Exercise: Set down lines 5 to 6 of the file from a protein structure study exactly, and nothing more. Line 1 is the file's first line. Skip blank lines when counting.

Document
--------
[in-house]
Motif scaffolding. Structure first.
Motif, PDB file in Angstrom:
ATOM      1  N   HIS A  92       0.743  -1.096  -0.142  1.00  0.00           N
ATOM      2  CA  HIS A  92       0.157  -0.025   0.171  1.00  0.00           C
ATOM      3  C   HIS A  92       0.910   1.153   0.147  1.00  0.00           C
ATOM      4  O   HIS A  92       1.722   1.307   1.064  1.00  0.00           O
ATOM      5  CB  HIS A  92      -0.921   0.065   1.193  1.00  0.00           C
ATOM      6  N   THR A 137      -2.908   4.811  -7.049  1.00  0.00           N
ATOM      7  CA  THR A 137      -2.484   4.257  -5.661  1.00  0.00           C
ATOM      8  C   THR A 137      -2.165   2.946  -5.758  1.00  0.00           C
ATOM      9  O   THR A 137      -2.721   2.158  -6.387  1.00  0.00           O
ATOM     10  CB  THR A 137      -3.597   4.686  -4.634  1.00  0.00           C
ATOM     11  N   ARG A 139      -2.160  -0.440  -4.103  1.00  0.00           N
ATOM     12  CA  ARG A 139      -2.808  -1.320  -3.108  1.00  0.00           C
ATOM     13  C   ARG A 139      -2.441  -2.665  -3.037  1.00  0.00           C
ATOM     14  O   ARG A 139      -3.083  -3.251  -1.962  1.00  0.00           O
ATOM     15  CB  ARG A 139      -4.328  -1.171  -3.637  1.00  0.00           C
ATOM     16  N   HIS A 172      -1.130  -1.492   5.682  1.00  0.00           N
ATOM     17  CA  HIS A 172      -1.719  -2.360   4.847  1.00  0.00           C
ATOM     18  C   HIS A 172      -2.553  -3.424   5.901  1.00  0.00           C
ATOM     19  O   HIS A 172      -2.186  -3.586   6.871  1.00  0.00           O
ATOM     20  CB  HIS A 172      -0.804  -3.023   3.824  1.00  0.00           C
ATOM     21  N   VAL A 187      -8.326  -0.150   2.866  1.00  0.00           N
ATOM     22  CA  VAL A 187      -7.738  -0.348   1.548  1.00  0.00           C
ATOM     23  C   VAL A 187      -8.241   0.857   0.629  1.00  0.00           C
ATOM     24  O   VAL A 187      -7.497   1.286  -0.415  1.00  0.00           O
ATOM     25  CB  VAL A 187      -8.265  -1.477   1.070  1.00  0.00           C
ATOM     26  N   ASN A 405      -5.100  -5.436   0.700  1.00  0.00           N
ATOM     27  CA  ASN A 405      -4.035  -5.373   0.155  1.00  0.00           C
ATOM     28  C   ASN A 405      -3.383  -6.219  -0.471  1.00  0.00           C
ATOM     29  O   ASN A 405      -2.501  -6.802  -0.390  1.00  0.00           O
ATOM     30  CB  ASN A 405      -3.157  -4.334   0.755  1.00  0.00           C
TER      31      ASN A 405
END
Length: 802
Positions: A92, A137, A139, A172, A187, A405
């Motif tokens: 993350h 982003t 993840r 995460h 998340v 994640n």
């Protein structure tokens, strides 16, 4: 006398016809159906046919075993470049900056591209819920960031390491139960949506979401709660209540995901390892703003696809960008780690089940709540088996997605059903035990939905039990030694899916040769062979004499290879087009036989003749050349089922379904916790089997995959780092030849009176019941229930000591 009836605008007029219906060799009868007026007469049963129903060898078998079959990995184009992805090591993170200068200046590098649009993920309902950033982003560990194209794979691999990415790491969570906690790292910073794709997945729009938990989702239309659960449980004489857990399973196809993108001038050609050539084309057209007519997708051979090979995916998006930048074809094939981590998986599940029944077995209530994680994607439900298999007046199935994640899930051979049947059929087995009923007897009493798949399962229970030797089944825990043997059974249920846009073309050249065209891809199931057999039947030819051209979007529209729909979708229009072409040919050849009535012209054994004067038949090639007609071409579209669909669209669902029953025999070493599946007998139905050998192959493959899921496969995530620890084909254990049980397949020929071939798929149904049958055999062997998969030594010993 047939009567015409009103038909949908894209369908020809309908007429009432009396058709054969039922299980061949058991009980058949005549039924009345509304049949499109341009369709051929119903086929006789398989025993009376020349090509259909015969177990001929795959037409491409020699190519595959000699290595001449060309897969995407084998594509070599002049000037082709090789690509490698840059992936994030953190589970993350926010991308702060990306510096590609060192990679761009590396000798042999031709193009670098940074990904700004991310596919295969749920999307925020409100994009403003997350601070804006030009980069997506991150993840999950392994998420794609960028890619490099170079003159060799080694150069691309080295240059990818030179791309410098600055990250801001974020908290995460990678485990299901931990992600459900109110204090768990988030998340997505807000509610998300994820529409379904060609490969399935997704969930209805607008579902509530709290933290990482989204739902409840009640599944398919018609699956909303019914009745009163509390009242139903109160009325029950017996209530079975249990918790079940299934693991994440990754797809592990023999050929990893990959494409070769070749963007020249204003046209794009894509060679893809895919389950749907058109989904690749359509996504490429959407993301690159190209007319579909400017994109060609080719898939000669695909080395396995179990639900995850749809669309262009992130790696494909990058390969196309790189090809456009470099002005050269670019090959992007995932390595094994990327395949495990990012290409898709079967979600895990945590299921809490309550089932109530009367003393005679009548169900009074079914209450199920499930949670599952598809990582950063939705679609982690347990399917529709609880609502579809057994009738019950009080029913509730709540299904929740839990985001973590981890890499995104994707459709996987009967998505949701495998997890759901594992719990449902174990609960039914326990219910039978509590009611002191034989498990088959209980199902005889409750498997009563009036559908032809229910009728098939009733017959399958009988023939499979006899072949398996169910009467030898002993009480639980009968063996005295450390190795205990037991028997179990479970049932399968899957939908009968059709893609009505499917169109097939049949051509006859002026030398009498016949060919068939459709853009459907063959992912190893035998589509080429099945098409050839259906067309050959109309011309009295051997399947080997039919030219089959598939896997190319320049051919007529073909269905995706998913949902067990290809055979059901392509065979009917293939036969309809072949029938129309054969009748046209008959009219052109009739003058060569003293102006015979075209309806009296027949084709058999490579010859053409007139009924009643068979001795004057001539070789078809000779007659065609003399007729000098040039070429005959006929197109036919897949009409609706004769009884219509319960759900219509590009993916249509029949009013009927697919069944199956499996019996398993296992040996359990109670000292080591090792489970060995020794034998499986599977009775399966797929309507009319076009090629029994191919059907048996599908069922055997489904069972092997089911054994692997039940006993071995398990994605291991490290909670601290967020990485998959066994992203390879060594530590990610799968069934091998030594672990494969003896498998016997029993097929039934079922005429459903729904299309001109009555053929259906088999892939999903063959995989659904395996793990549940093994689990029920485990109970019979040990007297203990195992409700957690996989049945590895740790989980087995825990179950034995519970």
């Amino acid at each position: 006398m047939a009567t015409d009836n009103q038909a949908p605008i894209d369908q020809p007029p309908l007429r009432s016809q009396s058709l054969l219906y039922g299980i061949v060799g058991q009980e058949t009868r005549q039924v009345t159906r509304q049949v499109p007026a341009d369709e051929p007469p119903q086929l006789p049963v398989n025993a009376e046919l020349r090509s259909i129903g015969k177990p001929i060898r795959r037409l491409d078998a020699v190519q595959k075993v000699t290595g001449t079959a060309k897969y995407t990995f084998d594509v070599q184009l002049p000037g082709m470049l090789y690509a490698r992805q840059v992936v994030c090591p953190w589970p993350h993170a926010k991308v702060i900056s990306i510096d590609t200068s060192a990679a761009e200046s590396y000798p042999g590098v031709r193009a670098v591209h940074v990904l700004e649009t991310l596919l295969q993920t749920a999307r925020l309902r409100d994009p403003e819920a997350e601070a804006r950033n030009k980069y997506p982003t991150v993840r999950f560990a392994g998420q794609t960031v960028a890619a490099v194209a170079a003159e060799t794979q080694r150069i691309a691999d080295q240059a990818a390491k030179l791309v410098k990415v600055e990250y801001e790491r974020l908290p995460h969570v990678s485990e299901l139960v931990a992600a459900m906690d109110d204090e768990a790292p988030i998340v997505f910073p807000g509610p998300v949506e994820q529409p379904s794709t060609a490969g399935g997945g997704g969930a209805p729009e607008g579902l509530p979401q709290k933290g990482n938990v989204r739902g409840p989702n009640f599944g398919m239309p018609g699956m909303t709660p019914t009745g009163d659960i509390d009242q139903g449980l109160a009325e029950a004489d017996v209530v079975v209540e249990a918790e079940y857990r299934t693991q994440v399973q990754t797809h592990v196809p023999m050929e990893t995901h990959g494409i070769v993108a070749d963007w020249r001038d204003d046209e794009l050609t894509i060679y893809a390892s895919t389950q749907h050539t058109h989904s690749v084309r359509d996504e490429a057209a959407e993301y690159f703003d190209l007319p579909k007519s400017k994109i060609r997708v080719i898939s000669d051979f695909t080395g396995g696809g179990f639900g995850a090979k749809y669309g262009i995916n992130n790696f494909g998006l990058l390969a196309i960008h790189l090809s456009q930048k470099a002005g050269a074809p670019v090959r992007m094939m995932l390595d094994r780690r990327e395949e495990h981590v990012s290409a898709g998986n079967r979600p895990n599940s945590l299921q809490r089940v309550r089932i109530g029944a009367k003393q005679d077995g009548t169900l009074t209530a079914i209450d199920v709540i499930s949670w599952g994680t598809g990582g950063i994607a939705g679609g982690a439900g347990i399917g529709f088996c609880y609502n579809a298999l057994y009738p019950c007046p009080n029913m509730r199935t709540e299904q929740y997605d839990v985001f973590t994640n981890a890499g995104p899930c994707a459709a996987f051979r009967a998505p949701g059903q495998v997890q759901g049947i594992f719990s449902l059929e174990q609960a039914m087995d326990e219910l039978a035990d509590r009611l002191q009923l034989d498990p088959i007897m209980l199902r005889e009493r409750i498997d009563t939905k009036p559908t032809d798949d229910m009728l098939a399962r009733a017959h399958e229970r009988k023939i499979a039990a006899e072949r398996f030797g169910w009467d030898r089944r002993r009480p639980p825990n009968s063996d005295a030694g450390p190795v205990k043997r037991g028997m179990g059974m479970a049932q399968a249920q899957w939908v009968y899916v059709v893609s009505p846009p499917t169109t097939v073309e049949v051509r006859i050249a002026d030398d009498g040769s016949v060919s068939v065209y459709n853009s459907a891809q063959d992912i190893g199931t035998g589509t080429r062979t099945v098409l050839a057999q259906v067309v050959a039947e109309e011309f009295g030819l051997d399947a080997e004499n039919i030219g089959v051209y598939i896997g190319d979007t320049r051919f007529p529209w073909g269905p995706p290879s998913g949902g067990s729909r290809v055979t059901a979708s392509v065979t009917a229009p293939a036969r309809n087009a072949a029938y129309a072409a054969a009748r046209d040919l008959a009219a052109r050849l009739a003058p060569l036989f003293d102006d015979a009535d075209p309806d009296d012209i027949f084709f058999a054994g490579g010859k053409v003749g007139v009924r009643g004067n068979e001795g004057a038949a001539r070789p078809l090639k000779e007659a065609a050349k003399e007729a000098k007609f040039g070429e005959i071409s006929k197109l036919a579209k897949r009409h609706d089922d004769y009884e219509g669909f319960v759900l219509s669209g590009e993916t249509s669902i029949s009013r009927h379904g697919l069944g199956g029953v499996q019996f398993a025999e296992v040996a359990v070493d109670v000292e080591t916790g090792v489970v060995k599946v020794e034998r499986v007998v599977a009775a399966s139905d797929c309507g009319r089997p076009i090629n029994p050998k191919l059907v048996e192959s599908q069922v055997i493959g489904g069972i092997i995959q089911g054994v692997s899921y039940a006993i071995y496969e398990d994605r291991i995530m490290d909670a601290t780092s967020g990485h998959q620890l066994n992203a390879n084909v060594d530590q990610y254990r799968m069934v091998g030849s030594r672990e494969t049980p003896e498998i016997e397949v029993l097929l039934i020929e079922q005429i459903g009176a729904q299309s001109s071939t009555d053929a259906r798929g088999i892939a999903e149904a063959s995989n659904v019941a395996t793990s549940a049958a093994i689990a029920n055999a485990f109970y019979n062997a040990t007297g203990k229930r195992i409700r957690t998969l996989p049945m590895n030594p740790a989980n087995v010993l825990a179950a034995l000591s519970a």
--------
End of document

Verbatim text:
ATOM      2  CA  HIS A  92       0.157  -0.025   0.171  1.00  0.00           C
ATOM      3  C   HIS A  92       0.910   1.153   0.147  1.00  0.00           C